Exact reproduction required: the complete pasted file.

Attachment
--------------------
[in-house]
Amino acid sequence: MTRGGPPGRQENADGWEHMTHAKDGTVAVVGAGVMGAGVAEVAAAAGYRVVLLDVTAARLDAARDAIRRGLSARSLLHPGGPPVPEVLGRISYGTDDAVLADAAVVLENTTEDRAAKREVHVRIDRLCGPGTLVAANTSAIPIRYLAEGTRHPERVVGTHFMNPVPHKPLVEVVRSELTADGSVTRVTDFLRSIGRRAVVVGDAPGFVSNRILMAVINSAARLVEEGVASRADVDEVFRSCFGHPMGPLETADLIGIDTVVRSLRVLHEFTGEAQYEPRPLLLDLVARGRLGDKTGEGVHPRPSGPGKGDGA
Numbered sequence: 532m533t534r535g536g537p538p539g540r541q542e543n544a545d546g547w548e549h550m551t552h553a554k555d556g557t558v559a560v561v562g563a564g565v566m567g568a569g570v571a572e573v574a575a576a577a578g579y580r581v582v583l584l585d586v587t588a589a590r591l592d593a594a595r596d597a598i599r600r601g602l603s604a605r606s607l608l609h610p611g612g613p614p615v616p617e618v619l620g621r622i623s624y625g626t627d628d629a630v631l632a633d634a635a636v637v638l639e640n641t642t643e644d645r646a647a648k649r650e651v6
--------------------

[in-house]
Amino acid sequence: MTRGGPPGRQENADGWEHMTHAKDGTVAVVGAGVMGAGVAEVAAAAGYRVVLLDVTAARLDAARDAIRRGLSARSLLHPGGPPVPEVLGRISYGTDDAVLADAAVVLENTTEDRAAKREVHVRIDRLCGPGTLVAANTSAIPIRYLAEGTRHPERVVGTHFMNPVPHKPLVEVVRSELTADGSVTRVTDFLRSIGRRAVVVGDAPGFVSNRILMAVINSAARLVEEGVASRADVDEVFRSCFGHPMGPLETADLIGIDTVVRSLRVLHEFTGEAQYEPRPLLLDLVARGRLGDKTGEGVHPRPSGPGKGDGA
Numbered sequence: 532m533t534r535g536g537p538p539g540r541q542e543n544a545d546g547w548e549h550m551t552h553a554k555d556g557t558v559a560v561v562g563a564g565v566m567g568a569g570v571a572e573v574a575a576a577a578g579y580r581v582v583l584l585d586v587t588a589a590r591l592d593a594a595r596d597a598i599r600r601g602l603s604a605r606s607l608l609h610p611g612g613p614p615v616p617e618v619l620g621r622i623s624y625g626t627d628d629a630v631l632a633d634a635a636v637v638l639e640n641t642t643e644d645r646a647a648k649r650e651v6